By Tayler Huntley
This past year has brought about a wide variety of necessary changes, and several organizations have had to adapt. Partners of Delta, Montrose and Ourary is one of these organizations.
Partners of Delta, Montrose and Ourary, a youth mentoring program — Partners and Art Partners — is a non-profit organization that provides children with one-on-one mentoring partnerships that provide positive adult figures in their lives.
¨We have been around for [about] 30 years,¨ said Jan Pauly, Art Partners case manager. ¨We recruit mentors, adults in the community to mentor kids 6 to 17.¨
In order for a child or teen to enter the Partners program, they need to be referred. These referrals can come from a teacher at school or from another adult in the community. The referral can come from the child for the Art Partners program.
Once the child is accepted into the program they are interviewed and asked what they like to do. Then they are matched with a screened adult that shares similar interests.
¨Research has proven that the more adults a kid has in their lives the better they do. The better decisions they make as they get older,¨ said Pauly. ¨A lot of our kids have gone through our program and have become very successful adults.¨
Both Partners and Art Partners programs rely on mentors. Having people throughout Montrose, Delta and Ouray counties dedicate time to spend with the youth is key. The month of January was Mentoring Month where the organization thanked all of its mentors.
¨We also recognize them once a year in June. We do a volunteer appreciation dinner,¨ said Delta County Case Manager Kiersten Mumm.
This organization is always in need of mentors, especially male mentors and creative people. These organizations would also like to emphasize that adults who are interested in mentoring are not required to have a specialty or something that they are really good at. Partners is just looking for positive adults that want to have fun and be a good role model.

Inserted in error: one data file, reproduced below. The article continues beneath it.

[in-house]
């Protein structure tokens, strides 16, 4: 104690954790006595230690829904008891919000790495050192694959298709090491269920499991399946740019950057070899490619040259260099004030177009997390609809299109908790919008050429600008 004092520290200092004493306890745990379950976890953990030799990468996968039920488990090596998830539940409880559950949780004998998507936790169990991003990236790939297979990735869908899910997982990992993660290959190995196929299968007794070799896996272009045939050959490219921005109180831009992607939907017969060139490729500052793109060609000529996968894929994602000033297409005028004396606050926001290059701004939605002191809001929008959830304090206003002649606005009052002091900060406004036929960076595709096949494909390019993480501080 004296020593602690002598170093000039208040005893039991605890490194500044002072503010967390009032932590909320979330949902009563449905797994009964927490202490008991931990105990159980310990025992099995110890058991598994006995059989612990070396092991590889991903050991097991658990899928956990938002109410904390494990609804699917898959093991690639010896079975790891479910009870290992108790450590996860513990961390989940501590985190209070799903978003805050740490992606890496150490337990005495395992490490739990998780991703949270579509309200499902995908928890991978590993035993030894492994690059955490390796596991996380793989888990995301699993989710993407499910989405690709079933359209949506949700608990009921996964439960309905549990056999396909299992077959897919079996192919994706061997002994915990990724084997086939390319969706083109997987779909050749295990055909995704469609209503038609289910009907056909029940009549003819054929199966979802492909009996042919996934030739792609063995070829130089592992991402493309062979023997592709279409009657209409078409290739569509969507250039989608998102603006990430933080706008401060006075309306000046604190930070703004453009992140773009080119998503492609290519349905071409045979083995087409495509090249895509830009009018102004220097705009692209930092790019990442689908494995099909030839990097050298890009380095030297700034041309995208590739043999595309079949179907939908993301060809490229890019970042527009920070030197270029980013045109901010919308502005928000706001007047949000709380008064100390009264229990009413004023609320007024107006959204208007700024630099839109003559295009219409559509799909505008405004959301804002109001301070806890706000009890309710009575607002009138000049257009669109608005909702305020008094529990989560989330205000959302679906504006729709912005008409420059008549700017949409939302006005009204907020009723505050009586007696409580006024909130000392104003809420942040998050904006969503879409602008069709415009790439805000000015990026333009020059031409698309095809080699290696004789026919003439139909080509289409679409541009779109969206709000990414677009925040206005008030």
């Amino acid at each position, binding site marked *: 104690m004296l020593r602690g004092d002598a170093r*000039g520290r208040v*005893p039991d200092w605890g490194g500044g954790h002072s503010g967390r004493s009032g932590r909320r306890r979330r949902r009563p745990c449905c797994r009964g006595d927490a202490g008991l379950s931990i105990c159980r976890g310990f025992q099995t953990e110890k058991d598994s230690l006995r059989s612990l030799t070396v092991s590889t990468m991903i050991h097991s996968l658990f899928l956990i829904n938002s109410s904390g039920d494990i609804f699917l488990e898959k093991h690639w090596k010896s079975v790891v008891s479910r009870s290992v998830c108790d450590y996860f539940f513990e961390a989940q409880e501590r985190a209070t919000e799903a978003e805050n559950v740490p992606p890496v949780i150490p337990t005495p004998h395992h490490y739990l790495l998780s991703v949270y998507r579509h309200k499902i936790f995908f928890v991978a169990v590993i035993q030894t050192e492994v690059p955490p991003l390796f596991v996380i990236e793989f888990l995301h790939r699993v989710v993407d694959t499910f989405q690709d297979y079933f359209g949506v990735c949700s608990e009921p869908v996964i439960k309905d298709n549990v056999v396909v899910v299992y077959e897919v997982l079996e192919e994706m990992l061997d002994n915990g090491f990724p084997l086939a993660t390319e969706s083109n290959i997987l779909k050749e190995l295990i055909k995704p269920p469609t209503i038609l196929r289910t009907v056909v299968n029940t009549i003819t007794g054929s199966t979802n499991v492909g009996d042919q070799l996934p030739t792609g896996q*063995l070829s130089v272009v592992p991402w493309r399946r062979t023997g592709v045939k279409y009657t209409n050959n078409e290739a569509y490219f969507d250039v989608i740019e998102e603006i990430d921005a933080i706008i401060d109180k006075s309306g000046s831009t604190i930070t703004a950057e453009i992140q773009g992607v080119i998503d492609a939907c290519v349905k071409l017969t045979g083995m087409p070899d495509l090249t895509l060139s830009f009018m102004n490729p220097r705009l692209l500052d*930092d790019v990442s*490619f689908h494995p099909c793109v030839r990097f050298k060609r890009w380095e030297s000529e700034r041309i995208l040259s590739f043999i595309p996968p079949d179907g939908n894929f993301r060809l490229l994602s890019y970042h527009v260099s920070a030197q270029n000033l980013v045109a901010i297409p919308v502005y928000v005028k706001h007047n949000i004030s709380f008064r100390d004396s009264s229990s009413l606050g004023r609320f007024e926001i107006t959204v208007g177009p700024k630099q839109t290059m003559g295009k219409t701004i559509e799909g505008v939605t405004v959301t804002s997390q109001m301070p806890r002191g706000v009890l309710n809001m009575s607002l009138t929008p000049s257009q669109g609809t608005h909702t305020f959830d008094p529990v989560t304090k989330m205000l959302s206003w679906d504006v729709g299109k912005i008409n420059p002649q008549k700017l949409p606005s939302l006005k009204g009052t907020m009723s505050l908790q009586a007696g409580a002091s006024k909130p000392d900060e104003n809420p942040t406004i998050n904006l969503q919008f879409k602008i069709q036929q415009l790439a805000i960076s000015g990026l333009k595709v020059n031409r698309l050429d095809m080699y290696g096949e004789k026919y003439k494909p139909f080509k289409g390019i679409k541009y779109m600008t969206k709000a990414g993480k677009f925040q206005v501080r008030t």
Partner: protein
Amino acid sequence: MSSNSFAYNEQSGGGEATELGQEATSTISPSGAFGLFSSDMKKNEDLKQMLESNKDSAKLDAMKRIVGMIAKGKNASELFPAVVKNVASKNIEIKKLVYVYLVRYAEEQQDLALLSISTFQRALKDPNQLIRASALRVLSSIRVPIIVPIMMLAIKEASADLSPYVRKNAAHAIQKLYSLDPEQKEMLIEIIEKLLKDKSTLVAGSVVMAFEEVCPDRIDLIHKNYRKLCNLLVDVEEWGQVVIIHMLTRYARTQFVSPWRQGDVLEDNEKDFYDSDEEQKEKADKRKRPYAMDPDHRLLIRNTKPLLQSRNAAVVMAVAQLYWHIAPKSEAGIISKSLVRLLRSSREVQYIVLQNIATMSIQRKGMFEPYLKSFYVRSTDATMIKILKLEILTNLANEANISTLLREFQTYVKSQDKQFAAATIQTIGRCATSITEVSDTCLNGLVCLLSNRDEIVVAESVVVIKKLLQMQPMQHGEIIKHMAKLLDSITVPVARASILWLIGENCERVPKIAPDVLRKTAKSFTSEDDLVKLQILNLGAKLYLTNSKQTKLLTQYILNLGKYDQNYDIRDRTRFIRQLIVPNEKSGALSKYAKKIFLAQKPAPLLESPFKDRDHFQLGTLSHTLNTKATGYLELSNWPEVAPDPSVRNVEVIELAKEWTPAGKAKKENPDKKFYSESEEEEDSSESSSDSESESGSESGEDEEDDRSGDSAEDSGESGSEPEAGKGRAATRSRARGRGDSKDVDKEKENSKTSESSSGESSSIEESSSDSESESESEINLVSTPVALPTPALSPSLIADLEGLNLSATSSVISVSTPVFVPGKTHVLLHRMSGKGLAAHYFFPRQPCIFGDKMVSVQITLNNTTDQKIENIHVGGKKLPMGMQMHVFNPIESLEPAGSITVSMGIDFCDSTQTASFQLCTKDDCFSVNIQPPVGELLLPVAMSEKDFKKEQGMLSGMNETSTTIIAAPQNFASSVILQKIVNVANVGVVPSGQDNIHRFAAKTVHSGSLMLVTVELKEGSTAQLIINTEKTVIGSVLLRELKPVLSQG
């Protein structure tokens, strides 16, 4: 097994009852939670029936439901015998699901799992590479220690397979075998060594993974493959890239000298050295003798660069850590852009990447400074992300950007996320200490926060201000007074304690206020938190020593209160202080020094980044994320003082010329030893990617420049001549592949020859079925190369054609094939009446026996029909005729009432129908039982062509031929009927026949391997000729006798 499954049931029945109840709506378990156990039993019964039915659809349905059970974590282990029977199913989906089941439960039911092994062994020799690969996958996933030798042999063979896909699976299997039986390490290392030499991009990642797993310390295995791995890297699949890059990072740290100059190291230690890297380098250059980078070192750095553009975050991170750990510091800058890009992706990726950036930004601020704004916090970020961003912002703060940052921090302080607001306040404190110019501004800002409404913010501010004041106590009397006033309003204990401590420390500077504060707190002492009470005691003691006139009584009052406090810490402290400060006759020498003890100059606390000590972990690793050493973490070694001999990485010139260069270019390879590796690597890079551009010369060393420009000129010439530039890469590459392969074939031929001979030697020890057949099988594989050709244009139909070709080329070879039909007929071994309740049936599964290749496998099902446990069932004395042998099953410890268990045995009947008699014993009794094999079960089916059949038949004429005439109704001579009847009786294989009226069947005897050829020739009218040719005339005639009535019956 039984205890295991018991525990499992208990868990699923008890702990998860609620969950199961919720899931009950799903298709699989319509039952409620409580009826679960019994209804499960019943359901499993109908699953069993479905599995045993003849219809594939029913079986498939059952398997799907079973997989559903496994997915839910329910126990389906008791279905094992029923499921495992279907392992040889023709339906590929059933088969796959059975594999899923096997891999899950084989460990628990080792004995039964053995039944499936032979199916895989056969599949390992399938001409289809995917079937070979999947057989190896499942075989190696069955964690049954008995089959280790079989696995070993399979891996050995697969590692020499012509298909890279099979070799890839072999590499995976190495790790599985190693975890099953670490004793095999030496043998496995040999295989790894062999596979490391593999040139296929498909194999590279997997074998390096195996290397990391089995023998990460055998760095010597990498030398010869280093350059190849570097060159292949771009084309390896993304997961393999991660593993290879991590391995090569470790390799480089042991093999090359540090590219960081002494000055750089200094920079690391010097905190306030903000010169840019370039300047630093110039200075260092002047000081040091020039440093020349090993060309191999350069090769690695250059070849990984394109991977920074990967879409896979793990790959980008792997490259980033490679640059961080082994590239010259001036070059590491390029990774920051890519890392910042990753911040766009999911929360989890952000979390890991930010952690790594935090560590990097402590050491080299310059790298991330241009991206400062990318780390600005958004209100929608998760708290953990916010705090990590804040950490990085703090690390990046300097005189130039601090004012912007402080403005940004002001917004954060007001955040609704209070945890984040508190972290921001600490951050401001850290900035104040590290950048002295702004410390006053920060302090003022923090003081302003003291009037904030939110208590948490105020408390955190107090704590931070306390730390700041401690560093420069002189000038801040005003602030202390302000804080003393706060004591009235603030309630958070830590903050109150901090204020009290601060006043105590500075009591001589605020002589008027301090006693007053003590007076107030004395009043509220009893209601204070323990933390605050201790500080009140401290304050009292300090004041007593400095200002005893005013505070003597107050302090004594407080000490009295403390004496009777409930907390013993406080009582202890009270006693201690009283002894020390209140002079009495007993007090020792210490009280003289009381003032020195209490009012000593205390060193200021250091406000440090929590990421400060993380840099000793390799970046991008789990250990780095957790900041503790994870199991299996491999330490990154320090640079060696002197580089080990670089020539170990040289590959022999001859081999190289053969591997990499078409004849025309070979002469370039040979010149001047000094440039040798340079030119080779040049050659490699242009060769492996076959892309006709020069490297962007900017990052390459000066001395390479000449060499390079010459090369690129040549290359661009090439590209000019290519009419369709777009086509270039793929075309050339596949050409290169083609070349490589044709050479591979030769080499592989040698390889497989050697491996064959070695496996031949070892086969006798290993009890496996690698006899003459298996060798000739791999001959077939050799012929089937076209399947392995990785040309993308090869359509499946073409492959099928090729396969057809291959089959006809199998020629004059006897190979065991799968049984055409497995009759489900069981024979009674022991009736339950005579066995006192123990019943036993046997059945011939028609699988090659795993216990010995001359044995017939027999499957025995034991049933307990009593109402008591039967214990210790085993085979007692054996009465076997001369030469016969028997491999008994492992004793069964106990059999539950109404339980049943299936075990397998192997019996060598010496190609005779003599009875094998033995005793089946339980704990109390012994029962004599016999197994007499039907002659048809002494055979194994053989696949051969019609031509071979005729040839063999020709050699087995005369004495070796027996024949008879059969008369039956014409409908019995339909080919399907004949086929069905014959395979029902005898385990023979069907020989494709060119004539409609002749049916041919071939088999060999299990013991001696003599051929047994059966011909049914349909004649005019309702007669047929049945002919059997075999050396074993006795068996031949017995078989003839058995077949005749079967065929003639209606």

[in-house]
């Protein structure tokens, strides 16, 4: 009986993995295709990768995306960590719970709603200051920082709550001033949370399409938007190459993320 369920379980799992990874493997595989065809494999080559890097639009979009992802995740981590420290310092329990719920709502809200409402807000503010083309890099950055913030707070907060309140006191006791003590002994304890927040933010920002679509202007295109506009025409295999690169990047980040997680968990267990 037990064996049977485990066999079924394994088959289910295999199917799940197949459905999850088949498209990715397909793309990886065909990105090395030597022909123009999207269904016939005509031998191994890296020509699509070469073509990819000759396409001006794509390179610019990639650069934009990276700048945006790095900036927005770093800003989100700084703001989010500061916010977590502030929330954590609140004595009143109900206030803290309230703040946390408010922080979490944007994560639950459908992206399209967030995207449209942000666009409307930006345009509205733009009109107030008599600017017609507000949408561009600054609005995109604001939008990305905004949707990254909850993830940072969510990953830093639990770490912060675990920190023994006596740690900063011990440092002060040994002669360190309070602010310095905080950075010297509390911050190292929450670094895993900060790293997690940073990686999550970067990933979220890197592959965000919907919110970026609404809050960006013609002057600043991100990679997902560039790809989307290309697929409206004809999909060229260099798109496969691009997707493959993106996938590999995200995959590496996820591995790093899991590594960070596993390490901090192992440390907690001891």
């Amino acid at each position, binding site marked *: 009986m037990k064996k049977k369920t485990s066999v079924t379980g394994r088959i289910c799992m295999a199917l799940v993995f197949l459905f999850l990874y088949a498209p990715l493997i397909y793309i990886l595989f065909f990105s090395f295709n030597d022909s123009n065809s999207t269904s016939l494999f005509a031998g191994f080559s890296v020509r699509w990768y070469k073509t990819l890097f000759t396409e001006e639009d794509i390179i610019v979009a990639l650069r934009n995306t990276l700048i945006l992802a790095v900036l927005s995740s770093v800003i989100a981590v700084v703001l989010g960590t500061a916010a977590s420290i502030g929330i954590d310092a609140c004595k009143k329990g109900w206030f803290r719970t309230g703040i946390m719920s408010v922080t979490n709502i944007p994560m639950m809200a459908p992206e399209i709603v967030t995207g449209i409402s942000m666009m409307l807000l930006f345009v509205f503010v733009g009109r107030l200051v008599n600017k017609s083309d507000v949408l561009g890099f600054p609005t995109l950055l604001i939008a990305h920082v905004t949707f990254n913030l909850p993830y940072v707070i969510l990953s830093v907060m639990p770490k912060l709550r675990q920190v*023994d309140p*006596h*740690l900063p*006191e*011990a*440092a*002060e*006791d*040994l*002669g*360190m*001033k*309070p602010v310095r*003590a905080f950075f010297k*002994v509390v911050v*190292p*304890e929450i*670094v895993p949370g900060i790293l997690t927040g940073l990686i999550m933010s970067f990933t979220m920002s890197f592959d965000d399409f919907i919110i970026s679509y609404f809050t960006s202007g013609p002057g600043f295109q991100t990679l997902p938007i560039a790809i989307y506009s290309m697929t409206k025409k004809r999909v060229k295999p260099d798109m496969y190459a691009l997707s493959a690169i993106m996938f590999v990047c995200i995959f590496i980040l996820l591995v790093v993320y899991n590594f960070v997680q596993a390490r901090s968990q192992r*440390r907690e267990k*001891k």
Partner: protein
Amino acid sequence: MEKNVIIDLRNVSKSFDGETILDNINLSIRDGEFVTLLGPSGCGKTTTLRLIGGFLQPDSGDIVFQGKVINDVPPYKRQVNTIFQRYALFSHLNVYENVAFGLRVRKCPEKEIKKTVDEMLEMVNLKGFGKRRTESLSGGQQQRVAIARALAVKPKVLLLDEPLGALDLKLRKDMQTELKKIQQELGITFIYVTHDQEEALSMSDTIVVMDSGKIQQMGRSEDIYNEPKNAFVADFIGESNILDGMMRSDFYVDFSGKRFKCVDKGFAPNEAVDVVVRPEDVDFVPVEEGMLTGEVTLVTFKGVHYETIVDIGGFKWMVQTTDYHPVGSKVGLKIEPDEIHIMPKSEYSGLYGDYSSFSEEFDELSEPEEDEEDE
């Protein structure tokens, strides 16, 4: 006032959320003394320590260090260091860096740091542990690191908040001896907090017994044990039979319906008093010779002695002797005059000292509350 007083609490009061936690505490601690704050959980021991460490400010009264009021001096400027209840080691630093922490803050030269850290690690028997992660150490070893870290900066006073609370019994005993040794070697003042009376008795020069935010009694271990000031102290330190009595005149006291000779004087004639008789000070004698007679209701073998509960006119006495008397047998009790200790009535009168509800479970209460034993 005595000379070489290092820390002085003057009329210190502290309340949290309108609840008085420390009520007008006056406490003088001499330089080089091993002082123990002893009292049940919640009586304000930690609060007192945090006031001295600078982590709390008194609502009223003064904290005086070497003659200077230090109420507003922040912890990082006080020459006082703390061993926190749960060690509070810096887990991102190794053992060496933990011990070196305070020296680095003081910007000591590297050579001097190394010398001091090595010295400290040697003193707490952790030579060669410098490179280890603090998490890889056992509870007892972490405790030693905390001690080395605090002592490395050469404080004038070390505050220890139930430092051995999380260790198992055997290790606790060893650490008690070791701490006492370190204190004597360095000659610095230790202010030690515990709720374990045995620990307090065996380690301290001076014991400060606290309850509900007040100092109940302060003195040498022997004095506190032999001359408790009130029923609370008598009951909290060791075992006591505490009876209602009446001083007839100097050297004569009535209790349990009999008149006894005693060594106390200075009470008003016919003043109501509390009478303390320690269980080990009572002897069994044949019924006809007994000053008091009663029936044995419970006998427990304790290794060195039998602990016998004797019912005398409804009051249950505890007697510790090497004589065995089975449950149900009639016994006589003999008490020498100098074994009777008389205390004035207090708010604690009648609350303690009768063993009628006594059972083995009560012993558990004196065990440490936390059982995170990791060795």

Being a mentor is not a big time commitment. The programs require that the adult mentor and the mentee (the child) spend three hours a week together. These partnerships go for a full year, and often last longer and in some cases last a lifetime.
¨I have two mentees,¨ said Pauly, continuing to talk about one mentee, ¨she ended up with COVID so we couldn’t see each other, we haven’t been doing art together so we’ve been gaming online together.¨
The programs offer a lot of activities the children and teens can participate in outside their one-on-one time with their mentors. Due to the COVID pandemic the organization has had to create different activities that are still interactive but abides by safety regulations.
¨It’s so much fun creating new opportunities for both the mentors and kids. We work with The Nature Connection a lot,¨ said Mumm.¨We did mountain bike clinics last fall and that was such a blast.¨
According Pauly, one activity Partners recently did was fun but also educational as the hosts included information about safety online.
¨(We held) a pizza party and the kids just had a riot” she said. “It was over zoom. We gave them all the material, the dough and the pepperoni and cheese and everything. We did a cooking show where (Mumm) made the pizza and we were telling jokes. We also put in some cyber security stuff, because we were online doing this.¨
Another activity Partners is planning on for mentees and mentors is a day of ice fishing.